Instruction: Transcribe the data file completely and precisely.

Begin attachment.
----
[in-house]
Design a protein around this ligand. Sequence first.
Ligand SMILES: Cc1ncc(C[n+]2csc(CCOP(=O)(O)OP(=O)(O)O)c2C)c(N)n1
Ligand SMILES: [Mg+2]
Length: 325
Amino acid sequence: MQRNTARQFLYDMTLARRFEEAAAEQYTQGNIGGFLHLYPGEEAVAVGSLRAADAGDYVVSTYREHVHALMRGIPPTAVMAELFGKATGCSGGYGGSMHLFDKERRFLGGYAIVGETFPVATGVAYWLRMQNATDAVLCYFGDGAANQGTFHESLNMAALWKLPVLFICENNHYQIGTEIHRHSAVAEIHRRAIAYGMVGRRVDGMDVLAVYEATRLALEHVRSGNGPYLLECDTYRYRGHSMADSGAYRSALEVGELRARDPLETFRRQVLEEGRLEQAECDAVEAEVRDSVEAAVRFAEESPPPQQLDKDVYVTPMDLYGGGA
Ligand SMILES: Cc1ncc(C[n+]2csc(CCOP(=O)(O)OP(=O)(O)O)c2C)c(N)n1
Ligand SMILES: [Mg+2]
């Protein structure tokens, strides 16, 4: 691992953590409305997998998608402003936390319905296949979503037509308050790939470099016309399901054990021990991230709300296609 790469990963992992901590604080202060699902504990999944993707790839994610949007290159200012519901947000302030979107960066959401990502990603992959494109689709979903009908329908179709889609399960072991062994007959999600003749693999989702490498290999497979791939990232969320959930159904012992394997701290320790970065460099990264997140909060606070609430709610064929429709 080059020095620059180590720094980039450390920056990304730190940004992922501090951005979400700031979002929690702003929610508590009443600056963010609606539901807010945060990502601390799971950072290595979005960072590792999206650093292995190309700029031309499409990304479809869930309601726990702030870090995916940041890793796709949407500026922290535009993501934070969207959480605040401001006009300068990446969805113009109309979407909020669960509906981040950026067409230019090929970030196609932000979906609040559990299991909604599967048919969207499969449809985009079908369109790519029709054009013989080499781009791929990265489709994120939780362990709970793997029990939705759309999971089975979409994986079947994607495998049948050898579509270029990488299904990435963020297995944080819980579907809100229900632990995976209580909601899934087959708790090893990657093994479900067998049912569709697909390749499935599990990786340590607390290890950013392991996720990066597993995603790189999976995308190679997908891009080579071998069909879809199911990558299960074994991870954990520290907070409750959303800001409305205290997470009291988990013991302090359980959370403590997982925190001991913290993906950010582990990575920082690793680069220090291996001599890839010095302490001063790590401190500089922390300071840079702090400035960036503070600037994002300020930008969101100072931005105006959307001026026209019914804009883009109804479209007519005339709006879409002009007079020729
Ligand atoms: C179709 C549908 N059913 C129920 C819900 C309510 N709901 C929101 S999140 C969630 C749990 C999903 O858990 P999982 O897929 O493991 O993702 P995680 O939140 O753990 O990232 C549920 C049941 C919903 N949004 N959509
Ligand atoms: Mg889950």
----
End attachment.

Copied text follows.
[in-house]
Design a protein around this ligand. Sequence first.
Ligand SMILES: Cc1ncc(C[n+]2csc(CCOP(=O)(O)OP(=O)(O)O)c2C)c(N)n1
Ligand SMILES: [Mg+2]
Length: 325
Amino acid sequence: MQRNTARQFLYDMTLARRFEEAAAEQYTQGNIGGFLHLYPGEEAVAVGSLRAADAGDYVVSTYREHVHALMRGIPPTAVMAELFGKATGCSGGYGGSMHLFDKERRFLGGYAIVGETFPVATGVAYWLRMQNATDAVLCYFGDGAANQGTFHESLNMAALWKLPVLFICENNHYQIGTEIHRHSAVAEIHRRAIAYGMVGRRVDGMDVLAVYEATRLALEHVRSGNGPYLLECDTYRYRGHSMADSGAYRSALEVGELRARDPLETFRRQVLEEGRLEQAECDAVEAEVRDSVEAAVRFAEESPPPQQLDKDVYVTPMDLYGGGA
Ligand SMILES: Cc1ncc(C[n+]2csc(CCOP(=O)(O)OP(=O)(O)O)c2C)c(N)n1
Ligand SMILES: [Mg+2]
């Protein structure tokens, strides 16, 4: 691992953590409305997998998608402003936390319905296949979503037509308050790939470099016309399901054990021990991230709300296609 790469990963992992901590604080202060699902504990999944993707790839994610949007290159200012519901947000302030979107960066959401990502990603992959494109689709979903009908329908179709889609399960072991062994007959999600003749693999989702490498290999497979791939990232969320959930159904012992394997701290320790970065460099990264997140909060606070609430709610064929429709 080059020095620059180590720094980039450390920056990304730190940004992922501090951005979400700031979002929690702003929610508590009443600056963010609606539901807010945060990502601390799971950072290595979005960072590792999206650093292995190309700029031309499409990304479809869930309601726990702030870090995916940041890793796709949407500026922290535009993501934070969207959480605040401001006009300068990446969805113009109309979407909020669960509906981040950026067409230019090929970030196609932000979906609040559990299991909604599967048919969207499969449809985009079908369109790519029709054009013989080499781009791929990265489709994120939780362990709970793997029990939705759309999971089975979409994986079947994607495998049948050898579509270029990488299904990435963020297995944080819980579907809100229900632990995976209580909601899934087959708790090893990657093994479900067998049912569709697909390749499935599990990786340590607390290890950013392991996720990066597993995603790189999976995308190679997908891009080579071998069909879809199911990558299960074994991870954990520290907070409750959303800001409305205290997470009291988990013991302090359980959370403590997982925190001991913290993906950010582990990575920082690793680069220090291996001599890839010095302490001063790590401190500089922390300071840079702090400035960036503070600037994002300020930008969101100072931005105006959307001026026209019914804009883009109804479209007519005339709006879409002009007079020729
Ligand atoms: C179709 C549908 N059913 C129920 C819900 C309510 N709901 C929101 S999140 C969630 C749990 C999903 O858990 P999982 O897929 O493991 O993702 P995680 O939140 O753990 O990232 C549920 C049941 C919903 N949004 N959509
Ligand atoms: Mg889950």